This article questions the classic analysis of brain to body size, demonstrating that body size can reduce even as brain size stays the same. For humans, the corrollary is actually even more important – much of our early jump in brain size in Homo evolution can be tied to simply becoming a larger size.

Sederer, Lloyd and Matthew Erlich
2012. How Thoughts Become a Psychiatric Diagnosis. The Atlantic. July 18.

Two psychiatrists give a balanced view of the art of diagnosis, the state of biological knowledge, and the practice of psychiatry.

Shultz, Dana
2012. Alzheimer’s May be Result of Poor Diet; Some Calling it Type 3 Diabetes. Diets in Review. September 13.

“Likening Alzheimer’s to diabetes means it could be caused by excessive blood glucose in the body caused by a deficiency of insulin – a hormone naturally produced by the body to alert the liver, muscles and body fat to absorb glucose in the blood. As a result, diabetes sufferers – and perhaps Alzheimer’s sufferers as well – experience either an inability to produce insulin or an inability within the body to respond to insulin signals.”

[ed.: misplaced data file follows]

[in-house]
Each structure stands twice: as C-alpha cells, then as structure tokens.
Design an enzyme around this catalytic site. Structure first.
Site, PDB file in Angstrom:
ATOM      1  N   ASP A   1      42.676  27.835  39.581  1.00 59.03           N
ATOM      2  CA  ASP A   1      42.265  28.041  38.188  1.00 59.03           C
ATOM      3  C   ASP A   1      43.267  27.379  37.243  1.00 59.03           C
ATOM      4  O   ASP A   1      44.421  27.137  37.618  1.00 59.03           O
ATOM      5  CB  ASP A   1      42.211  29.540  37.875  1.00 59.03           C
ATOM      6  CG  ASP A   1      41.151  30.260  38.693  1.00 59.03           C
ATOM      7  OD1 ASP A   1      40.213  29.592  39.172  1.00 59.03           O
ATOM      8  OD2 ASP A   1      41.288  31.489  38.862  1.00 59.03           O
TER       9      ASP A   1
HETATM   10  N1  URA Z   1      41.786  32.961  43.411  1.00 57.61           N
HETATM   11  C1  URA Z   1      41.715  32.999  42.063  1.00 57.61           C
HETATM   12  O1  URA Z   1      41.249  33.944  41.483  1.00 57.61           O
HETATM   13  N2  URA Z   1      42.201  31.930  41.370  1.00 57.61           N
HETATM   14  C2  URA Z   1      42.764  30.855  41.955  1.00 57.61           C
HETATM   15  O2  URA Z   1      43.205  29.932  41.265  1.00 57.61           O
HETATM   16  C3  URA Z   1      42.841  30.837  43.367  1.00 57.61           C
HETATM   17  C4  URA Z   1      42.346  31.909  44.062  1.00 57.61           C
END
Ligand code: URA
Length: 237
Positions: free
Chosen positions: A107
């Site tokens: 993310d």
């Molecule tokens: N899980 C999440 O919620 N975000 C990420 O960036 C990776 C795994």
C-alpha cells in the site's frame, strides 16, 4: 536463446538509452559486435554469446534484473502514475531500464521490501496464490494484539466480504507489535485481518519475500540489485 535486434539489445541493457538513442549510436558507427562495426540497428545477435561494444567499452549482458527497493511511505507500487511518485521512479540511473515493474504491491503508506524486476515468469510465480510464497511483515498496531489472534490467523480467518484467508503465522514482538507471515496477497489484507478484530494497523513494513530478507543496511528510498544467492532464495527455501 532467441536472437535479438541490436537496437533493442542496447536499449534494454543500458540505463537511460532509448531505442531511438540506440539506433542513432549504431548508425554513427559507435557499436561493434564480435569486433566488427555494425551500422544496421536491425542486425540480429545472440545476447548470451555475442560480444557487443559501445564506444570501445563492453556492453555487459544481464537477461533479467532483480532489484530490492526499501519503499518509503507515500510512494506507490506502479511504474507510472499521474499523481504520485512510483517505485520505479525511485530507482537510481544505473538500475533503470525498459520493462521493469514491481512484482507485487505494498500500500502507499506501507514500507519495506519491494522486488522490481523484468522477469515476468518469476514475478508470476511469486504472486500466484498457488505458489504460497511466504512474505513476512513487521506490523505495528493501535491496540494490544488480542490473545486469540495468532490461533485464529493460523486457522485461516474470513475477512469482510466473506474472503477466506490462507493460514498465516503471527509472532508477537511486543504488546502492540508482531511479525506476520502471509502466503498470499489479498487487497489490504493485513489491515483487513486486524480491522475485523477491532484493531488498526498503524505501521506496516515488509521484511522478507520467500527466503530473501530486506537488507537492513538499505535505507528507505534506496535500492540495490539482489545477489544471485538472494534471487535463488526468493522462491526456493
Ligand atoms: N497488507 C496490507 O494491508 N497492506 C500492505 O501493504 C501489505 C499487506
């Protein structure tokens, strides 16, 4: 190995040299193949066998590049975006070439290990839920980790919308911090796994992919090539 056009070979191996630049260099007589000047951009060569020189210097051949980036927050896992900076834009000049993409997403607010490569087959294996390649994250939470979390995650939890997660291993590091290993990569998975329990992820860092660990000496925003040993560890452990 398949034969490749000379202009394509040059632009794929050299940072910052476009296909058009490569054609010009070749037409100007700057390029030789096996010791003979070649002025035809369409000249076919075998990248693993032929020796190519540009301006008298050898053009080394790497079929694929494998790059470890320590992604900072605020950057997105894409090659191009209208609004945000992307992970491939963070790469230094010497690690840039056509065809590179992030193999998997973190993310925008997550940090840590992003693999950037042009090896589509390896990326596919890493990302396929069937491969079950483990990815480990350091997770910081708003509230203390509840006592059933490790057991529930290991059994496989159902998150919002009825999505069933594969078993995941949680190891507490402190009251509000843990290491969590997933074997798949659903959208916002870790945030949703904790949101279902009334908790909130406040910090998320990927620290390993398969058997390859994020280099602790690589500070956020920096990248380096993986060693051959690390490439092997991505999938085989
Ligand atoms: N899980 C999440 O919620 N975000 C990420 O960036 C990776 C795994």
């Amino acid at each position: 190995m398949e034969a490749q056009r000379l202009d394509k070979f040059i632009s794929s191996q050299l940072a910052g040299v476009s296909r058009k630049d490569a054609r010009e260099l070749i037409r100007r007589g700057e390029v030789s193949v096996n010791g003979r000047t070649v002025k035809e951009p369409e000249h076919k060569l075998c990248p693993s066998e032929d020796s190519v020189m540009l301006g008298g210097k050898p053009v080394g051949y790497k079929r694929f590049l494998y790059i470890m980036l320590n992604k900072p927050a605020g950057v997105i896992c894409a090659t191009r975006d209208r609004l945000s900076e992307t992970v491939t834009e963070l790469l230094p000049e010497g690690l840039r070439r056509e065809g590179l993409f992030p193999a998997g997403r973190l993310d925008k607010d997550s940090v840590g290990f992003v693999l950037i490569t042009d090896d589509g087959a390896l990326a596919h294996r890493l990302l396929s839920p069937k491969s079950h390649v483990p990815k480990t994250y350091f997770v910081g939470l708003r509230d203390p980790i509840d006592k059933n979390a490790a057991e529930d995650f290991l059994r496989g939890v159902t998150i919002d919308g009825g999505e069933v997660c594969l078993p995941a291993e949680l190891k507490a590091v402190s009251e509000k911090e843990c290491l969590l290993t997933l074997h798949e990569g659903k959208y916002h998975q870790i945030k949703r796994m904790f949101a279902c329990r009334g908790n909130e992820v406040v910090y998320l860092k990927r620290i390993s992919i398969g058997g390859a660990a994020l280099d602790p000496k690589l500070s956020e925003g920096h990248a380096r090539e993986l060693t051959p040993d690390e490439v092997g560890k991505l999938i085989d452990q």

Spiegel, Alix
2012. Teachers’ Expectations can Influence how Students Perform. National Public Radio. September 17.

Teachers’ expectations about students, and how that shaped day-to-day interactions, had powerful feedback effects on students.

Stromberg, Joseph
2012. Combat Stress in Afghanistan Could Alter Soldiers’ Long-term Neural Makeup. Smithsonian Magazine. September 3.

An accessible overview of new research that followed NATO soldiers over time, comparing those who were deployed versus those who were not.

Velasquez-Manoff, Moises
2012. An Immune Disorder at the Root of Autism. The New York Times. August 25.

Speculative in proposing that up to 1/3 of cases of autism as being a type of inflammatory disease (see the Willingham critique in the blog section); still, the interactive approach to environment and brain is intriguing.

Von Baldegg, Kasia Cieplak-Mayr
2012. A Freaky Visual Journey through a Human Skull, One MRI ‘Slice’ at a Time. The Atlantic. August 9.

After a series of medical tests, Christopher Powers, a software engineer and filmmaker, decided to transform the resulting series of 2-D and 3-D scans of his body into an experimental film — an eerie anatomical self-portrait. This article includes the video as well as an interview with Powers.

Wang, Sam and Sandra Aamodt
2012. Play, Stress, and the Learning Brain. The Dana Foundation.

Neuroculture, in this context, means cultural identifications and groupings based on neurological-themed discourses, for example, “cognitive health” in relation to aging.